* In multivariate analysis, age and BMI were significant predictors of OSA severity, while total teeth loss was not significant

"The degree of tooth loss is not associated with OSA severity," the authors concluded. "Tooth loss does not worsen OSA. "

More research needed

OSA is difficult to understand because of the causative factors, Dr. Tanner told

Age and obesity are proven predictors so the study controlled for those variables; however, the authors were still not able to prove that tooth loss predicted a worsening of OSA, he noted.

This line of research could be improved by obtaining a sleep study on the same individual prior to edentulism, after edentulism, and wearing complete dentures, Dr. Tanner added.

"Only by conducting this type of study will we be able to be certain to state whether or not tooth loss predicts OSA," he said. "If in the future it could be stated that edentulism worsens OSA, it would be a strong case for dentists to attempt to restore patients back to a dentate state with implants which maintain alveolar ridge height unlike dentures."

Given that OSA is an epidemic that is just now catching the public's attention, "This connection would be huge, as that type of treatment would be medically driven dentistry, possibly covered by medical insurance," he concluded.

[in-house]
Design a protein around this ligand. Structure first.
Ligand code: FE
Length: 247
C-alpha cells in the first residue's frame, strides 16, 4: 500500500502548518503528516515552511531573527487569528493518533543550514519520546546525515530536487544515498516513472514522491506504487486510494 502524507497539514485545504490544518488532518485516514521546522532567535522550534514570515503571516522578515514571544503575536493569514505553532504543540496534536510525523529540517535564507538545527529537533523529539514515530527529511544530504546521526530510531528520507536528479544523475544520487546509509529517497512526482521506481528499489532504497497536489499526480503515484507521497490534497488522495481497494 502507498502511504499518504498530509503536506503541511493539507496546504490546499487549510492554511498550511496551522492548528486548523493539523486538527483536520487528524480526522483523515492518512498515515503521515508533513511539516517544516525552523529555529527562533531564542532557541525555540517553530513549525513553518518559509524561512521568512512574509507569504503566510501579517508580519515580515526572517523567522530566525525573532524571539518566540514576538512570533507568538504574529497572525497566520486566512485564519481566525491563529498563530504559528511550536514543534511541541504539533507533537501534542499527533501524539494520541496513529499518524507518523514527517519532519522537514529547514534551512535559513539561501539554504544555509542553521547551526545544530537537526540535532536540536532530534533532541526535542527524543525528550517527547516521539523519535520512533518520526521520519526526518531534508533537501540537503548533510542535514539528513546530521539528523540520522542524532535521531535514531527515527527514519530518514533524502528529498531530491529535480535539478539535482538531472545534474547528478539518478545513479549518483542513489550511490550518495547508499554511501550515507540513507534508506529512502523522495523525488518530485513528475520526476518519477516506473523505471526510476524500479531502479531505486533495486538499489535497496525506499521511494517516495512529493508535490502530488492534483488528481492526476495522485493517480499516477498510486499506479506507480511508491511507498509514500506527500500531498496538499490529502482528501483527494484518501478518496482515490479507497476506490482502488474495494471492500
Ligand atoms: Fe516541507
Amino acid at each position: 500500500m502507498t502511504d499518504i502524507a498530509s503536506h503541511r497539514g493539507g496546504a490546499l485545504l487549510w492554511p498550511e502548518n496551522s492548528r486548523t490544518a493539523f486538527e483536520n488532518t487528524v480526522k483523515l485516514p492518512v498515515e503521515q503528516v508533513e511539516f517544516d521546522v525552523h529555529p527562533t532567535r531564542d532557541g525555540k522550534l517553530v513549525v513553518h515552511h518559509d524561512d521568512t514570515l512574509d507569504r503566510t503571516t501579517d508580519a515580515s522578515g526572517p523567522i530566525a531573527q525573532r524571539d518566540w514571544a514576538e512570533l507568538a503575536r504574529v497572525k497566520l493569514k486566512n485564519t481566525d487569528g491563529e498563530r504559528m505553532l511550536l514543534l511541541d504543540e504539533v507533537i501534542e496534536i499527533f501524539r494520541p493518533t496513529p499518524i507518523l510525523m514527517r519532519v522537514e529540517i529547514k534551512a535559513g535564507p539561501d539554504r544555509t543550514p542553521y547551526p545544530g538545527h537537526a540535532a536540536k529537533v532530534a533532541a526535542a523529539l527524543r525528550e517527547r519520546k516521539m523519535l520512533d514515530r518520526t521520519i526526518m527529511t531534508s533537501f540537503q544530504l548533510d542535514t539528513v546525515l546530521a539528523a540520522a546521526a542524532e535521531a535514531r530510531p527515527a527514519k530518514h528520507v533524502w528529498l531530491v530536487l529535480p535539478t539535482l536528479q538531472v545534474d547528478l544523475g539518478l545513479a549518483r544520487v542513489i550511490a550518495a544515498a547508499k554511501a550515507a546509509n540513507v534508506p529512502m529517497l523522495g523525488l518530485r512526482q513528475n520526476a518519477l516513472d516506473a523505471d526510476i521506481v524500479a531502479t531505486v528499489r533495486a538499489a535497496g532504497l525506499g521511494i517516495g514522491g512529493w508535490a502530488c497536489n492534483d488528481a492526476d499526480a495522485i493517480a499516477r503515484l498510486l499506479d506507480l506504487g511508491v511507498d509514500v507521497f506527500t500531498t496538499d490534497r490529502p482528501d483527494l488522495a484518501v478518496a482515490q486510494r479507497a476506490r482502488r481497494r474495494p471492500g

fair use from:

The above post may contain copyrighted material the use of which has not always been specifically authorized by the copyright owner. The material available is intended to advance the understanding of Sleep Apnea treatment and to advance the educational level of Sleep Apnea patients with regard to their health. Sometimes included is the full text of articles and documents rather than a simple link because outside links frequently "go bad" or change over time. This constitutes a "fair use" of any such copyrighted material as provided for in section 107 of the US Copyright Law. In accordance with Title 17 U.S.C. Section 107, the material in this post is distributed without fee or payment of any kind for research and educational purposes. If you wish to use copyrighted material from this post for purposes of your own that go beyond "fair use", you must obtain permission from the copyright owner.
05-20-2012 08:22 AM
Find all posts by this user Post Reply Quote this message in a reply

Donate to Apnea Board
Post Reply 

Possibly Related Threads...
Thread: Author Replies: Views: Last Post
  Sleep Apnea Surgery zeeser 5 332 Today 02:42 PM
Last Post: Kadenz
  Ordered a Auto CPAP / Was diagnosed with Sleep Apnea jakthebomb 15 529 10-18-2016 08:00 AM
Last Post: southerndoc
Sad [Diagnosis] Negative for Sleep Apnea? jakthebomb 19 1,017 10-13-2016 03:28 PM
Last Post: jakthebomb
  Advice for American suffering from sleep apnea in China? moebius 3 239 10-11-2016 08:16 PM
Last Post: trish6hundred
  Help with sleep apnea for newbie statonh 6 315 10-11-2016 04:32 PM
Last Post: statonh
  was diagnosed with apnea 10 years ago.... last sleep study came back negative LB1982 13 834 10-08-2016 07:34 PM
Last Post: lab rat
  Central Sleep Apnea? wayne99 7 398 10-07-2016 03:34 PM
Last Post: pupcamper

Forum Jump:

Who's Online (Complete List)